In Go, you can generate random numbers using the `math/rand`

package. The package provides functions for generating pseudo-random numbers based on a seed value.

Here’s an example that demonstrates how to generate random numbers in Go:

```
package main
import (
"fmt"
"math/rand"
"time"
)
func main() {
// Set a seed value based on the current time
rand.Seed(time.Now().UnixNano())
// Generate a random integer between 0 and 100
randomInt := rand.Intn(101)
fmt.Println(randomInt)
// Generate a random float between 0.0 and 1.0
randomFloat := rand.Float64()
fmt.Println(randomFloat)
}
```

In this example, we import the `fmt`

, `math/rand`

, and `time`

packages. The `math/rand`

package provides the functions to generate random numbers, and the `time`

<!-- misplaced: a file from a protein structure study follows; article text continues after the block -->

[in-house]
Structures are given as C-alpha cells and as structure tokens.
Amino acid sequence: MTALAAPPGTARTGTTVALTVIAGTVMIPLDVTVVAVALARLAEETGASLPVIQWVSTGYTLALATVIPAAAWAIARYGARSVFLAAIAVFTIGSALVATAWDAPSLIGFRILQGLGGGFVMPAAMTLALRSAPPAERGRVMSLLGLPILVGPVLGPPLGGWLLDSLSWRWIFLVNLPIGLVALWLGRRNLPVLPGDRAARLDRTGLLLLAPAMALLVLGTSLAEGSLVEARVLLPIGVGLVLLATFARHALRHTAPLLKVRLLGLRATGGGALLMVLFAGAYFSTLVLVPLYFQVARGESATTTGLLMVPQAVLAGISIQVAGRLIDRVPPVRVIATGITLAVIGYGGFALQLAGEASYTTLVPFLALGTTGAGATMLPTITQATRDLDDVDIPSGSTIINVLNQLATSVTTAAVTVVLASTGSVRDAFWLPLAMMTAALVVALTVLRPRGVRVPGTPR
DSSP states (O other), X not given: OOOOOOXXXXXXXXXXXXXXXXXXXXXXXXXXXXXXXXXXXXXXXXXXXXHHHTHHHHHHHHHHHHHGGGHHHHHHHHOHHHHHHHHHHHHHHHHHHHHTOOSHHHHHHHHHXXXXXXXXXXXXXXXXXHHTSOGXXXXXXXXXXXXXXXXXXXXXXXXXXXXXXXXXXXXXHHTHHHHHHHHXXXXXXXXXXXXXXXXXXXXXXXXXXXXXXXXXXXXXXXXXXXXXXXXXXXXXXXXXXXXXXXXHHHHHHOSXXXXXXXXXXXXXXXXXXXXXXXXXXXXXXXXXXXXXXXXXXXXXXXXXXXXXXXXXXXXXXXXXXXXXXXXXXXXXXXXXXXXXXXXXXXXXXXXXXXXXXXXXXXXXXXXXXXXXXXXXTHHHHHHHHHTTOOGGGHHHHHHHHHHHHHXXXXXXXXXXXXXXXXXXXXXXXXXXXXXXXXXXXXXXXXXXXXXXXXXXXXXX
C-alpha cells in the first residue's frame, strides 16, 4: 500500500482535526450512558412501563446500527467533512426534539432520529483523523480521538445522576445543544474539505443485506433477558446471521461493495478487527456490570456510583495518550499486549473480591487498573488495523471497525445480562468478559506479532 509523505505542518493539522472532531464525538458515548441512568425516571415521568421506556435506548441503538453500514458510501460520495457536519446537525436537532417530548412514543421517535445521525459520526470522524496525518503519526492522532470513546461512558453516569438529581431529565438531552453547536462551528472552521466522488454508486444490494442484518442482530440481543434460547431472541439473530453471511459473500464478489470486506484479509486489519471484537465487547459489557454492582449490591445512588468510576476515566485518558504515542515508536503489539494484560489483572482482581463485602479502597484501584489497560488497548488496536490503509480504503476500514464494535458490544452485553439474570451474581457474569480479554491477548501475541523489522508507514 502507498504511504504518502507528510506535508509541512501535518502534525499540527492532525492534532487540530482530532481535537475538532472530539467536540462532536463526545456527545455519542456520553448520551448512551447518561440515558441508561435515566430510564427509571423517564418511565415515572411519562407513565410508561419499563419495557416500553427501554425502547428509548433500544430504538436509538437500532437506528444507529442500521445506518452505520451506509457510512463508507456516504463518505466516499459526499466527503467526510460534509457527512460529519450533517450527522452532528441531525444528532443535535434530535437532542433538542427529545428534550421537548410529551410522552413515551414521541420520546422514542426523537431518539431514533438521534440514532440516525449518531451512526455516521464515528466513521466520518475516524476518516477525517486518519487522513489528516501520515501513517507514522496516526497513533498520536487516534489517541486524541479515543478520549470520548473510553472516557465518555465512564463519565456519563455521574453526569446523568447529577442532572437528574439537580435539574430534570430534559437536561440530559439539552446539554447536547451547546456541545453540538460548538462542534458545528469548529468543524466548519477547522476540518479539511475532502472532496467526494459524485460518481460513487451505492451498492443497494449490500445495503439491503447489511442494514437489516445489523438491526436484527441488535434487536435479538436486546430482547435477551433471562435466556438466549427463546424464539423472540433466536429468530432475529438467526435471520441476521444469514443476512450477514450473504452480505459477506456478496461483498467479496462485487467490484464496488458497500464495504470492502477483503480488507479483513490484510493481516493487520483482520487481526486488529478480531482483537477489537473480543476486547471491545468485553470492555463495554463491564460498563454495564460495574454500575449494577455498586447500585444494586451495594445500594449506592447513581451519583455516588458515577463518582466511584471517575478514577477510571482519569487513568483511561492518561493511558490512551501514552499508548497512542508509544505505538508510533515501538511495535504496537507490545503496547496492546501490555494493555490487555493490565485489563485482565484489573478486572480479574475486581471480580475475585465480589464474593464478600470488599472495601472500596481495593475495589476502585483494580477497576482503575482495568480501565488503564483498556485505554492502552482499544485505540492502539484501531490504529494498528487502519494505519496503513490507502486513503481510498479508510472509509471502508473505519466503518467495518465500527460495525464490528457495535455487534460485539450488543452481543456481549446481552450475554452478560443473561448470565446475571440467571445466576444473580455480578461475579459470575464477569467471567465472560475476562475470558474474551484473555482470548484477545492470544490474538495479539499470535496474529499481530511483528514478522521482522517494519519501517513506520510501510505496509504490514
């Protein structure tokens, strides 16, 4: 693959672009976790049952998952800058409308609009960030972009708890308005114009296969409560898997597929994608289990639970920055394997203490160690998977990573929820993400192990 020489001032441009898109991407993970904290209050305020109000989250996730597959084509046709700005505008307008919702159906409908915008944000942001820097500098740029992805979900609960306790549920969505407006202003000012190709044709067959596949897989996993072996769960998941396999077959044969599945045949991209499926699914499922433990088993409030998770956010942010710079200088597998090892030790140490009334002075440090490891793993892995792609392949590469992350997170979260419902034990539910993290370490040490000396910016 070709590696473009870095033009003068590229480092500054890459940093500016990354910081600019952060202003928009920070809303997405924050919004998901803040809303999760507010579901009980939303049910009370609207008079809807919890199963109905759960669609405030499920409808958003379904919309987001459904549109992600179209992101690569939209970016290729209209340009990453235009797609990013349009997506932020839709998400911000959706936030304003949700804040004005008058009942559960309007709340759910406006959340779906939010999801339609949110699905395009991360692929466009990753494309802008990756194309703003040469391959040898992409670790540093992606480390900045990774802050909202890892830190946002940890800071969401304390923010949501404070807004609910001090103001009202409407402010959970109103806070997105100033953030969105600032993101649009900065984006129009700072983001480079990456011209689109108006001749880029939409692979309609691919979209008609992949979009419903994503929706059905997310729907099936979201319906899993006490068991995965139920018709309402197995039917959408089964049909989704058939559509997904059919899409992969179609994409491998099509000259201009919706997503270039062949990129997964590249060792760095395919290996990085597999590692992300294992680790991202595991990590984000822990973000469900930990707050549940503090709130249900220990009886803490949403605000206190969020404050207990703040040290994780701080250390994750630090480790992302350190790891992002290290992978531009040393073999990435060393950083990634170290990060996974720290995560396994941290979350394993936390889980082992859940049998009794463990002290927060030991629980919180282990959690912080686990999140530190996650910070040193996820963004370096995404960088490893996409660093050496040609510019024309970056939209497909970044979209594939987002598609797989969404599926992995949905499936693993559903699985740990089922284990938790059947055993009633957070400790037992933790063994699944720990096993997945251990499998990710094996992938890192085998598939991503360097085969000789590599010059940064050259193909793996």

package is used to set a unique seed value based on the current time.

We set the seed value using `rand.Seed(time.Now().UnixNano())`

, which ensures that a different seed is used for each program execution, resulting in different sequences of random numbers.

To generate a random integer between 0 and 100, we use `rand.Intn(101)`

, where `101`

specifies the upper limit (exclusive) for the random number generation. The generated random integer is then printed.

Similarly, to generate a random float between 0.0 and 1.0, we use `rand.Float64()`

, which returns a random floating-point number in the range [0.0, 1.0). The generated random float is printed.

Note that in order to generate random numbers, it’s important to set the seed value using `rand.Seed()`

with a value that changes over time to ensure randomness. In this example, we use `time.Now().UnixNano()`

to obtain the current time in nanoseconds as the seed value.

Remember to import the required packages (`fmt`

, `math/rand`

, and `time`

) and set the seed value before generating random numbers in your Go program.